Preparing Your Boat for Winter Storage

By: Mark Scocco

It's that time of year when the leaves are off the trees and snow in the forecast isn't too surprising. It's time to store your boat for the winter and begin thinking about next year's tournaments. Boats seem to work better when they're used often. When equipment sits, moisture builds and eats away at electrical connections and metallic materials. Winter maintenance helps to protect your investment.

Putting the boat away properly requires time and attention to details. If you're not the handy type, take the rig to a reputable marina. If you prefer to winterize your boat yourself, purchase the products and follow the directions on each container.

If you do nothing else, winterize the motor before storing it. Damage can be caused by freezing water or corrosion and rust on working parts. The lower unit is most susceptible. Fluid in the unit should be drained completely and replaced with fresh fluid. To change the fluid, remove the bottom and top screws on the lower unit and drain out the old oil. If you see water, or the oil is milky, you may have bad seals, the first clue of lower unit damage. Insert the new tube of gear case lube into the bottom hole and force the oil in until it runs out the top hole. Put the top screw in, which will form a lock allowing time to replace the bottom screw.

Fogging oil should be sprayed into the carburetor to reduce condensation and prevent rust from building up in internal parts of the engine. Fog carburetor while the engine runs for 20-30 seconds or until it begins to smoke. Once the engine is fogged, detach the fuel line and run the engine until all of the gas is burned. Lower the motor so all of the water drains from it, then turn it over a few times to blow out what water remains in the cooling system.

If your gas tanks are empty, fill them half way. Then, add fuel conditioner which will prevent fuel oxidation, gum and varnish deposits. Remember to leave room for new fuel in the spring. As fuel sits, it suffers a drop in octane which may cause engine damage. Before your first outing in the spring, fill up your tanks so that the good new gas will mix with the conditioned fuel.

Winter is a good time to replace spark plugs and other motor accessories that may be worn. Inspect the fuel line hose for leaks and clean the fuel filter. Don't forget the propeller. Remove the prop and coat the shaft with grease. If your prop is damaged, send it out for repairs. You won't be needing it for a while.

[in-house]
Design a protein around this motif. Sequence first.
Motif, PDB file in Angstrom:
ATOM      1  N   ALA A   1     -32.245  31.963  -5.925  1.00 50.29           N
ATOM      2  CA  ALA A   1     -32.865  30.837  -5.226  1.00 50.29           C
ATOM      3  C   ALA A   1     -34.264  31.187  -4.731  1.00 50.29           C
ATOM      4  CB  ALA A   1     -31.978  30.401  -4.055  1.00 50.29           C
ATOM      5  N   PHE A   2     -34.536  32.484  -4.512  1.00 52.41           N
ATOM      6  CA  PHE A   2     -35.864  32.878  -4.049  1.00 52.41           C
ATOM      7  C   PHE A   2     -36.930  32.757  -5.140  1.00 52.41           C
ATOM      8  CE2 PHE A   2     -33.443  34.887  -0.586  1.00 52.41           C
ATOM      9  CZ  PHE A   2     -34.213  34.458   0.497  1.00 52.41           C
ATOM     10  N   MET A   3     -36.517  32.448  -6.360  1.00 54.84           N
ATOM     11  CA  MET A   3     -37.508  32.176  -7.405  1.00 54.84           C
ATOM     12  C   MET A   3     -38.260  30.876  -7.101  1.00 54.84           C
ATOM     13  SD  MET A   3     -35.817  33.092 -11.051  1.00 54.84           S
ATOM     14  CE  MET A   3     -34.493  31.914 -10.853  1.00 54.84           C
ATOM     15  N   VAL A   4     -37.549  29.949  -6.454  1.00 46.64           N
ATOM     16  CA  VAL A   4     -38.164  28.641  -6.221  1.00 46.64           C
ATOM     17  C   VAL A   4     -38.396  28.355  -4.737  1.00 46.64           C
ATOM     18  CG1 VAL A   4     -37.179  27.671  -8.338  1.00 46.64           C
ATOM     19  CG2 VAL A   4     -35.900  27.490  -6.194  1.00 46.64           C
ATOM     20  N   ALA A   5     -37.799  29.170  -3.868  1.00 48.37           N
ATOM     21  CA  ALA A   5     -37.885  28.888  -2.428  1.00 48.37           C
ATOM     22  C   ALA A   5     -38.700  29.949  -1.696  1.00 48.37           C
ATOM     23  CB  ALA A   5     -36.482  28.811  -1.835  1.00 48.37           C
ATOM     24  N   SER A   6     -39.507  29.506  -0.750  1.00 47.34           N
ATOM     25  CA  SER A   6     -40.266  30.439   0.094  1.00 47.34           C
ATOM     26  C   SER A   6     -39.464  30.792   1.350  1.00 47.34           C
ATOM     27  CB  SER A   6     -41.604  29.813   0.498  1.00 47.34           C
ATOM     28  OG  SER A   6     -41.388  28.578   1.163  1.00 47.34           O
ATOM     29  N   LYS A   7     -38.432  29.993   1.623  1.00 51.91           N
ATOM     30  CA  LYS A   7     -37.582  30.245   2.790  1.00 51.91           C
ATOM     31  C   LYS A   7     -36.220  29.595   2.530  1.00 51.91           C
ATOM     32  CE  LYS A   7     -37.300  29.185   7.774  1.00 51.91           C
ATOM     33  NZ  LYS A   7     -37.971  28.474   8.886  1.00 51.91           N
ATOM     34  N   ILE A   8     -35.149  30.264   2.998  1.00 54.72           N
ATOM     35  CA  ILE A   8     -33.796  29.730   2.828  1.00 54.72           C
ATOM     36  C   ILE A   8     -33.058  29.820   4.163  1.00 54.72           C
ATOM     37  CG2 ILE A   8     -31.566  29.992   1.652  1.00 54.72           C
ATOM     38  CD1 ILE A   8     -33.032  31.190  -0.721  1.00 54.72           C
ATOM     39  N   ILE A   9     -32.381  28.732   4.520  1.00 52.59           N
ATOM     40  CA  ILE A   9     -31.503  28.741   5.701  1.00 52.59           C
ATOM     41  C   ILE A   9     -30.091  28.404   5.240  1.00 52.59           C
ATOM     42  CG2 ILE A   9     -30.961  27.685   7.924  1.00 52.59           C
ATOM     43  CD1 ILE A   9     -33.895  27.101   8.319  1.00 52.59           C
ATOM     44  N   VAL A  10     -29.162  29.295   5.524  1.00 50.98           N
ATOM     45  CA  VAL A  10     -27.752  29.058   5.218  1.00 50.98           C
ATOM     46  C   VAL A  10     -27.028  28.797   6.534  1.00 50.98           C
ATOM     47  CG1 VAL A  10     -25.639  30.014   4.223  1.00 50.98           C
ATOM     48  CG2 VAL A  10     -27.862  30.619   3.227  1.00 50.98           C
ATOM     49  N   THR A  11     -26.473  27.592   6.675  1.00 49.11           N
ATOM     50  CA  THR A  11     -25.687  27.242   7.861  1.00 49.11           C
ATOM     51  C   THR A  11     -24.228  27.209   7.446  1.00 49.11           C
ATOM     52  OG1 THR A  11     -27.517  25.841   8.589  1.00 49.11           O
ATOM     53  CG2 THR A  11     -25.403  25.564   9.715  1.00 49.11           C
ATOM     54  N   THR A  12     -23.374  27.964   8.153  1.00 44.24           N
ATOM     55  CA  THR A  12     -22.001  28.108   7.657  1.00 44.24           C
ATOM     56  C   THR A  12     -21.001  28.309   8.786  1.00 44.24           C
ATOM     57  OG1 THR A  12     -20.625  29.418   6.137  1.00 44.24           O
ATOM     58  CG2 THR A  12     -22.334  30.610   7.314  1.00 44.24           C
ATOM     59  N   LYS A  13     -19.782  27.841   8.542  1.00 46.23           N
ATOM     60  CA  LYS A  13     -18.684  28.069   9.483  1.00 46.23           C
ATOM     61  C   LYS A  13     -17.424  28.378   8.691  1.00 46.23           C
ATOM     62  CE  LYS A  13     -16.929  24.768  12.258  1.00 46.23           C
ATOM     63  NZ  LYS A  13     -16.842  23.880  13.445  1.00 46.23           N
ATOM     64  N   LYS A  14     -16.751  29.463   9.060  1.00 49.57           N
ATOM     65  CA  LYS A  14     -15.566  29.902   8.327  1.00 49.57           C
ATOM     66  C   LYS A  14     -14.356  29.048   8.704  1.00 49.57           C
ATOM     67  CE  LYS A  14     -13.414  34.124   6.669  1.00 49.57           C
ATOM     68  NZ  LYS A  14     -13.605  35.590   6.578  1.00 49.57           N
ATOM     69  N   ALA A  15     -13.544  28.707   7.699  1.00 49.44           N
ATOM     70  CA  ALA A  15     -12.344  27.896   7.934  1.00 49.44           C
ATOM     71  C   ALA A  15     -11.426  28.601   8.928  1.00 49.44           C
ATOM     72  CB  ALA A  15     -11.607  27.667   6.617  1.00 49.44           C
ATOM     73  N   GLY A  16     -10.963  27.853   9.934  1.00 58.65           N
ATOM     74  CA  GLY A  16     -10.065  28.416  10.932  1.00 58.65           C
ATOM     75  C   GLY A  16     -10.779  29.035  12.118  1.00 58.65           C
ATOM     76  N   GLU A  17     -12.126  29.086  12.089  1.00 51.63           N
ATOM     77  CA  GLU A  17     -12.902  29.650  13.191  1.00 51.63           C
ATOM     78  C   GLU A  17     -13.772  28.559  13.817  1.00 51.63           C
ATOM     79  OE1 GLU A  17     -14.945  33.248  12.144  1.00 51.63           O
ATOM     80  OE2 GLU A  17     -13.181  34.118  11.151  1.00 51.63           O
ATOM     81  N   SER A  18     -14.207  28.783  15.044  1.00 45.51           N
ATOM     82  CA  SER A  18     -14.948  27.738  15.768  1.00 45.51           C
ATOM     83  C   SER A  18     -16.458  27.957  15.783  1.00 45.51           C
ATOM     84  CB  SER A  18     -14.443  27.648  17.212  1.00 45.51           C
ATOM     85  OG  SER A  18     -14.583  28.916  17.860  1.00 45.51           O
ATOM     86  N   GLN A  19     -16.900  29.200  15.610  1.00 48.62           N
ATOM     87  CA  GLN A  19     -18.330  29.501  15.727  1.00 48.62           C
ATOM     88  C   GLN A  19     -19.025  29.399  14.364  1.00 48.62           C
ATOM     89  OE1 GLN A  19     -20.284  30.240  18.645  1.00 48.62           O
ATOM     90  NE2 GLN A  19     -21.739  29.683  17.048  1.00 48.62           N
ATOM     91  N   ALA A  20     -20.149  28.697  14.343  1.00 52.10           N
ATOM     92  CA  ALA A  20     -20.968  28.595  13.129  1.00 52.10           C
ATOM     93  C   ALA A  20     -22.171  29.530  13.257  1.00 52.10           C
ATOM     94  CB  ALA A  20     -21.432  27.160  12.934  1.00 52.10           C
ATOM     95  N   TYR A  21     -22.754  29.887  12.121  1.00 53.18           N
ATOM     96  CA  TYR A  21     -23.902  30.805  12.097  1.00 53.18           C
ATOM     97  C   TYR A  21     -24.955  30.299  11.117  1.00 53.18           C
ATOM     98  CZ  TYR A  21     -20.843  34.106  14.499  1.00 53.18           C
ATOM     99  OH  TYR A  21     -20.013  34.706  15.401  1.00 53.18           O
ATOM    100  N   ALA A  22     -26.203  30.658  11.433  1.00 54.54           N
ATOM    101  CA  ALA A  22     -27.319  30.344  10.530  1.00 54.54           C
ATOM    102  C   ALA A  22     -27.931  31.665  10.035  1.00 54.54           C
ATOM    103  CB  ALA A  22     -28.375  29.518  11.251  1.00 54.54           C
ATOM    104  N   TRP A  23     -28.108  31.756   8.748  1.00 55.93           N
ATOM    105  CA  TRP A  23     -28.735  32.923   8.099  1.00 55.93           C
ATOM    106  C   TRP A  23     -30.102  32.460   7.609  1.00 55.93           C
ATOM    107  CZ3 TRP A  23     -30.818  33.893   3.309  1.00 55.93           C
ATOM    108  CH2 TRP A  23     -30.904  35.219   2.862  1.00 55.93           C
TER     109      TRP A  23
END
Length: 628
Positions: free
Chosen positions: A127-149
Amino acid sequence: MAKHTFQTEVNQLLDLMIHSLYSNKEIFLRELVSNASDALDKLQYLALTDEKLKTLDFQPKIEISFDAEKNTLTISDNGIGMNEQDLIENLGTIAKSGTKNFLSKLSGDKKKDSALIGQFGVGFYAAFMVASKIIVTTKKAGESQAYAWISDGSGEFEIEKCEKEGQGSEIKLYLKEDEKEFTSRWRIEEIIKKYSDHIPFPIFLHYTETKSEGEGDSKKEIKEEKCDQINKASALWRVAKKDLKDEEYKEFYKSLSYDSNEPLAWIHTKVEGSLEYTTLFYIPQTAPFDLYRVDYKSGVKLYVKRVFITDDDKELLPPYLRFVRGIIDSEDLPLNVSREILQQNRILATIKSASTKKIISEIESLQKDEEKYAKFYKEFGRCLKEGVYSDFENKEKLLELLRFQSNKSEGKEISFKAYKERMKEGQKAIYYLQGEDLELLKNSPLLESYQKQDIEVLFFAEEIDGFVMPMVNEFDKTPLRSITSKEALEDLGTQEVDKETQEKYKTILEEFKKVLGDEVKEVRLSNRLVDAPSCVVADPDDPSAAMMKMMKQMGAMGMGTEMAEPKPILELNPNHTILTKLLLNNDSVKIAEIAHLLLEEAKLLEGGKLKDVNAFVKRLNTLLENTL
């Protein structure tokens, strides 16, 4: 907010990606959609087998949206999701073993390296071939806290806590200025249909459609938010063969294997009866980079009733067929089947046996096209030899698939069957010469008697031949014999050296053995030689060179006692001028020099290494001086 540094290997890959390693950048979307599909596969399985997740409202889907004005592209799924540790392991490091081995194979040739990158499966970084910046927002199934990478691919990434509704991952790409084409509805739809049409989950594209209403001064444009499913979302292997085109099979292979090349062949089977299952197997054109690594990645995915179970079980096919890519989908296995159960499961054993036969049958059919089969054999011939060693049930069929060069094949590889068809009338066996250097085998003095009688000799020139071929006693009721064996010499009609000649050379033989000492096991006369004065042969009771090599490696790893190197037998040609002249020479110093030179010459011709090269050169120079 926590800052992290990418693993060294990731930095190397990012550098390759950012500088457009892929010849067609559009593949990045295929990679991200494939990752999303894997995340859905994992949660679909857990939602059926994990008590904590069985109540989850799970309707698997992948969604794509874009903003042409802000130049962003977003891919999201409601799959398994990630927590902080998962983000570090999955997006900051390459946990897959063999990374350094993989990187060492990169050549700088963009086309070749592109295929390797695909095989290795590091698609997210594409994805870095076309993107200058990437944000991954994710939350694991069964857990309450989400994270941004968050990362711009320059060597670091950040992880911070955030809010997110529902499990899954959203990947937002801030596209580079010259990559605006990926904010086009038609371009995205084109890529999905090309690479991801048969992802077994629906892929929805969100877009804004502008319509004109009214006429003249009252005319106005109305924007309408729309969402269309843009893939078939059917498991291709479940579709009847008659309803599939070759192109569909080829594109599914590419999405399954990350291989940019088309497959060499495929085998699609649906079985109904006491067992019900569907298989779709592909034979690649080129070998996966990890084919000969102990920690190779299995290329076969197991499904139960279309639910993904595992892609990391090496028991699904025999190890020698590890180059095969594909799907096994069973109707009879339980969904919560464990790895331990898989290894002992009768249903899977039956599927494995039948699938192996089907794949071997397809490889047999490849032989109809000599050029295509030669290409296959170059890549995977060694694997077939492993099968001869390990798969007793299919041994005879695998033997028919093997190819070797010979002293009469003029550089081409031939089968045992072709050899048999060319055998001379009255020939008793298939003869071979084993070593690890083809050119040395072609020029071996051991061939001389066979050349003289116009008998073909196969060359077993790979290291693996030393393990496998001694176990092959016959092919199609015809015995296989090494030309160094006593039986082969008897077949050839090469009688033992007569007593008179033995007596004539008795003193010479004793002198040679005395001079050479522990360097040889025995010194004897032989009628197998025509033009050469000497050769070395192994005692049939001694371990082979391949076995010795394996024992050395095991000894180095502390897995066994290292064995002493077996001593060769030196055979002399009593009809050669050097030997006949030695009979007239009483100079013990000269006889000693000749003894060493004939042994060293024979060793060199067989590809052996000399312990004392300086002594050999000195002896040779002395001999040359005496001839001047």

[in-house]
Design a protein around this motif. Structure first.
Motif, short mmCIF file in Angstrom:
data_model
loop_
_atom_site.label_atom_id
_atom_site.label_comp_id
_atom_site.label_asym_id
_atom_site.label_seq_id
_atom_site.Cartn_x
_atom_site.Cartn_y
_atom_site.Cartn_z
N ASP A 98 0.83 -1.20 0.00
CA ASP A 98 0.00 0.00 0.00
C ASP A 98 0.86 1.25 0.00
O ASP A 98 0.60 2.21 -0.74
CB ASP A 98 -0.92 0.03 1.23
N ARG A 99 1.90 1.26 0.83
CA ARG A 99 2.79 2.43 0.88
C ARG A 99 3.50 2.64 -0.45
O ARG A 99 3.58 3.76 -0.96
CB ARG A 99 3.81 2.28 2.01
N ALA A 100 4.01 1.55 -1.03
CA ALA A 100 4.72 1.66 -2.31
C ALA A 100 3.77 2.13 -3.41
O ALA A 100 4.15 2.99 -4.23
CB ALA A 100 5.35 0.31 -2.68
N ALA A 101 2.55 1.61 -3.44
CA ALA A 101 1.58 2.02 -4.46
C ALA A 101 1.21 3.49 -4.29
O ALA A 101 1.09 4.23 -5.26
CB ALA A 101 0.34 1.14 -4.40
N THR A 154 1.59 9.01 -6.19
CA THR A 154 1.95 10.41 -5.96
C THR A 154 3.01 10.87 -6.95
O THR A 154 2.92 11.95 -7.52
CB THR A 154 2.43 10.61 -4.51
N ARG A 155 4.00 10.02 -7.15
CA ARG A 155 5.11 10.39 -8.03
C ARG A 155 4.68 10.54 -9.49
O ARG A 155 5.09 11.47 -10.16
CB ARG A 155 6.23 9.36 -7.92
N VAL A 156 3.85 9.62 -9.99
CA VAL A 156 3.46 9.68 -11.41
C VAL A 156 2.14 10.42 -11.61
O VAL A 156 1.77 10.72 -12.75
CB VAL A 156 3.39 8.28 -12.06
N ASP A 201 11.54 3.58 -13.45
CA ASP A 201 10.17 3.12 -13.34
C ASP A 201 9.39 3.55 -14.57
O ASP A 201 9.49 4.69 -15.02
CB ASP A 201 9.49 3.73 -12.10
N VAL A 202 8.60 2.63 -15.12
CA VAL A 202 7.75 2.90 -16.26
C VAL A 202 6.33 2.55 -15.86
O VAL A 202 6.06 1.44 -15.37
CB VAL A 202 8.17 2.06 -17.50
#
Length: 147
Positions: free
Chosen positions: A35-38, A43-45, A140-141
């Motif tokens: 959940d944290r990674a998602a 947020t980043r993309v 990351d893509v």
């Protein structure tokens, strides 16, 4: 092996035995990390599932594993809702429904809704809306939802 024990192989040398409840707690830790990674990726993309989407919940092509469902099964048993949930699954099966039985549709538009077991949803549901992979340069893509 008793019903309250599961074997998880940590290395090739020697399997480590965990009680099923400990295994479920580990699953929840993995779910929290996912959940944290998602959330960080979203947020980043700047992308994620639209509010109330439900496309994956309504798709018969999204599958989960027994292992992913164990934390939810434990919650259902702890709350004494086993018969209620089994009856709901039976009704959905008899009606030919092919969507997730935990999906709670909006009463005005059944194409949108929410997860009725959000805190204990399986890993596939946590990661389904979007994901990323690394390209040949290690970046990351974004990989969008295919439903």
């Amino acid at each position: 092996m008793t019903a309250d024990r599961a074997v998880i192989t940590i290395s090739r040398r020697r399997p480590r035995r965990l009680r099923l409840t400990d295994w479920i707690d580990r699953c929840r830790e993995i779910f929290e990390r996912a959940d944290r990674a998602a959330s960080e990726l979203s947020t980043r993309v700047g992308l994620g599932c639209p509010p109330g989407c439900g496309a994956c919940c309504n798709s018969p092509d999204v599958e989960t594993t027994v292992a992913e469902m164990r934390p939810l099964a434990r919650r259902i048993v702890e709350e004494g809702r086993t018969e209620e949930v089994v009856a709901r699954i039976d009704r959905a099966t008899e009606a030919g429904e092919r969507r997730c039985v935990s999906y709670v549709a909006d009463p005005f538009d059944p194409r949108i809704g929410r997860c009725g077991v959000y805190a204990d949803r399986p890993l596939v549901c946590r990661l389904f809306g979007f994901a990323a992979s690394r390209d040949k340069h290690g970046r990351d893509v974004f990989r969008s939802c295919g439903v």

Spray the entire engine with a light silicone lubricant to avert airborne corrosives and extend the life of rubber and plastic parts. Lubricate the steering rams that go through the tilt tube of the motor. Use a light oil or the fogging oil that you used in the motor.

Store the boat with the bow up and the drain plugs out. This especially important if the boat is stored outside. Open storage compartments to ventilate them and unhook electrical connections from the batteries. Make sure to unplug your trolling motor from the panel. Coat the plug with anti-corrosion grease or oil. Remove the prop and clear away any dried weeds or fishing line that may prevent proper operation. Wash and wax the boat, cover it, and allow for good ventilation to prevent mildewing.

The most important thing to do to the trailer is to re-pack the bearings. If a bad seal has permitted water to get in, they'll surely rust while sitting idle for the winter. When you pull the bearings, inspect the races for wear and pitting in the bearings themselves. If you see any wear, replace them immediately. Make sure your tires are properly inflated and you may want to jack up the axle to take the weight off of the tires while the boat sits. A coat of grease on the ball coupler and winch will ensure they work smoothly next spring. Inspect tail lights are working. Pop out the bulbs and coat the contacts with a fine layer of grease.

Remove electronics and store in a warm, dry place. Battery terminals should be cleaned to remove corrosion and coated with a light coat of grease. Bring batteries to a full charge and check fluid level if necessary. Check the batteries again before use in the spring.

Follow these guidelines and you shouldn't have to worry about equipment failures when spring fishing fever strikes and your equipment will last much longer.


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